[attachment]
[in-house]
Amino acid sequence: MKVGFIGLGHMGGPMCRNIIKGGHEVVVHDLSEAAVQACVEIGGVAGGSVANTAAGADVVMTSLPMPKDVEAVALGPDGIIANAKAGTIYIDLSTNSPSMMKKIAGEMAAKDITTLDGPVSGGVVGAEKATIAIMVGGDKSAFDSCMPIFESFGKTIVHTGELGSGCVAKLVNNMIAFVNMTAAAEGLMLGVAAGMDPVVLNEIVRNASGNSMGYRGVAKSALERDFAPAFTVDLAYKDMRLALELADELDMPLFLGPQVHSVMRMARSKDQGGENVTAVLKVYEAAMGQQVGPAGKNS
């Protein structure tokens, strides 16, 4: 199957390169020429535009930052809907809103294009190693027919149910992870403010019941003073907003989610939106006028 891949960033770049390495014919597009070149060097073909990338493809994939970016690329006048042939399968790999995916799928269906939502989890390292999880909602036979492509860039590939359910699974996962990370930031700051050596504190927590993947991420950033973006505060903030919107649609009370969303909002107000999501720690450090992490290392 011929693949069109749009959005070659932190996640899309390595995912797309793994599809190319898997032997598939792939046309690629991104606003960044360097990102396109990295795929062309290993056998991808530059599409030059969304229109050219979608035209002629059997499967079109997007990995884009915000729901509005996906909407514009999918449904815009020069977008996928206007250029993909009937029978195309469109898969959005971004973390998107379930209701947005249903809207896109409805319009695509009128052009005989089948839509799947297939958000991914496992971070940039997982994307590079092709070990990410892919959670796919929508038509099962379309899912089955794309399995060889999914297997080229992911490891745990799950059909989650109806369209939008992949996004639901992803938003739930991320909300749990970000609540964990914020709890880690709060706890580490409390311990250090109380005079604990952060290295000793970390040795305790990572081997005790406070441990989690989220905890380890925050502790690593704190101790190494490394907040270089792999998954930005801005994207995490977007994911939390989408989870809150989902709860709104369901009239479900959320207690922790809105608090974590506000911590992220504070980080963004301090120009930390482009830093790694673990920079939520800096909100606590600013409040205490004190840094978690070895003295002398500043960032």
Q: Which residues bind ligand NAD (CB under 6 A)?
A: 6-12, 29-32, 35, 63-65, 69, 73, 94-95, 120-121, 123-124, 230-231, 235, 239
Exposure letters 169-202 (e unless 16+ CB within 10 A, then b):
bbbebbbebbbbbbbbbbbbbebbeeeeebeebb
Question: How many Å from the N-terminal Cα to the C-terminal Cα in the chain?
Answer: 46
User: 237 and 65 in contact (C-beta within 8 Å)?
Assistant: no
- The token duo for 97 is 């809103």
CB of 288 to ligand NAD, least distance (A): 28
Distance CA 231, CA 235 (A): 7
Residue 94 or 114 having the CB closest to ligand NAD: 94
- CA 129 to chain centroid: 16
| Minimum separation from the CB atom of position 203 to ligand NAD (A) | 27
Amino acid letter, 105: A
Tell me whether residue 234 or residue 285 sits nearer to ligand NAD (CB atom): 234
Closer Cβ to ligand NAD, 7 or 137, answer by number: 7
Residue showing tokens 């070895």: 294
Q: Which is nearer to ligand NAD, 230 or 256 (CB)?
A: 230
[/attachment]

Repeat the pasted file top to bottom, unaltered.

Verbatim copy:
[in-house]
Amino acid sequence: MKVGFIGLGHMGGPMCRNIIKGGHEVVVHDLSEAAVQACVEIGGVAGGSVANTAAGADVVMTSLPMPKDVEAVALGPDGIIANAKAGTIYIDLSTNSPSMMKKIAGEMAAKDITTLDGPVSGGVVGAEKATIAIMVGGDKSAFDSCMPIFESFGKTIVHTGELGSGCVAKLVNNMIAFVNMTAAAEGLMLGVAAGMDPVVLNEIVRNASGNSMGYRGVAKSALERDFAPAFTVDLAYKDMRLALELADELDMPLFLGPQVHSVMRMARSKDQGGENVTAVLKVYEAAMGQQVGPAGKNS
């Protein structure tokens, strides 16, 4: 199957390169020429535009930052809907809103294009190693027919149910992870403010019941003073907003989610939106006028 891949960033770049390495014919597009070149060097073909990338493809994939970016690329006048042939399968790999995916799928269906939502989890390292999880909602036979492509860039590939359910699974996962990370930031700051050596504190927590993947991420950033973006505060903030919107649609009370969303909002107000999501720690450090992490290392 011929693949069109749009959005070659932190996640899309390595995912797309793994599809190319898997032997598939792939046309690629991104606003960044360097990102396109990295795929062309290993056998991808530059599409030059969304229109050219979608035209002629059997499967079109997007990995884009915000729901509005996906909407514009999918449904815009020069977008996928206007250029993909009937029978195309469109898969959005971004973390998107379930209701947005249903809207896109409805319009695509009128052009005989089948839509799947297939958000991914496992971070940039997982994307590079092709070990990410892919959670796919929508038509099962379309899912089955794309399995060889999914297997080229992911490891745990799950059909989650109806369209939008992949996004639901992803938003739930991320909300749990970000609540964990914020709890880690709060706890580490409390311990250090109380005079604990952060290295000793970390040795305790990572081997005790406070441990989690989220905890380890925050502790690593704190101790190494490394907040270089792999998954930005801005994207995490977007994911939390989408989870809150989902709860709104369901009239479900959320207690922790809105608090974590506000911590992220504070980080963004301090120009930390482009830093790694673990920079939520800096909100606590600013409040205490004190840094978690070895003295002398500043960032």
Q: Which residues bind ligand NAD (CB under 6 A)?
A: 6-12, 29-32, 35, 63-65, 69, 73, 94-95, 120-121, 123-124, 230-231, 235, 239
Exposure letters 169-202 (e unless 16+ CB within 10 A, then b):
bbbebbbebbbbbbbbbbbbbebbeeeeebeebb
Question: How many Å from the N-terminal Cα to the C-terminal Cα in the chain?
Answer: 46
User: 237 and 65 in contact (C-beta within 8 Å)?
Assistant: no
- The token duo for 97 is 């809103």
CB of 288 to ligand NAD, least distance (A): 28
Distance CA 231, CA 235 (A): 7
Residue 94 or 114 having the CB closest to ligand NAD: 94
- CA 129 to chain centroid: 16
| Minimum separation from the CB atom of position 203 to ligand NAD (A) | 27
Amino acid letter, 105: A
Tell me whether residue 234 or residue 285 sits nearer to ligand NAD (CB atom): 234
Closer Cβ to ligand NAD, 7 or 137, answer by number: 7
Residue showing tokens 């070895």: 294
Q: Which is nearer to ligand NAD, 230 or 256 (CB)?
A: 230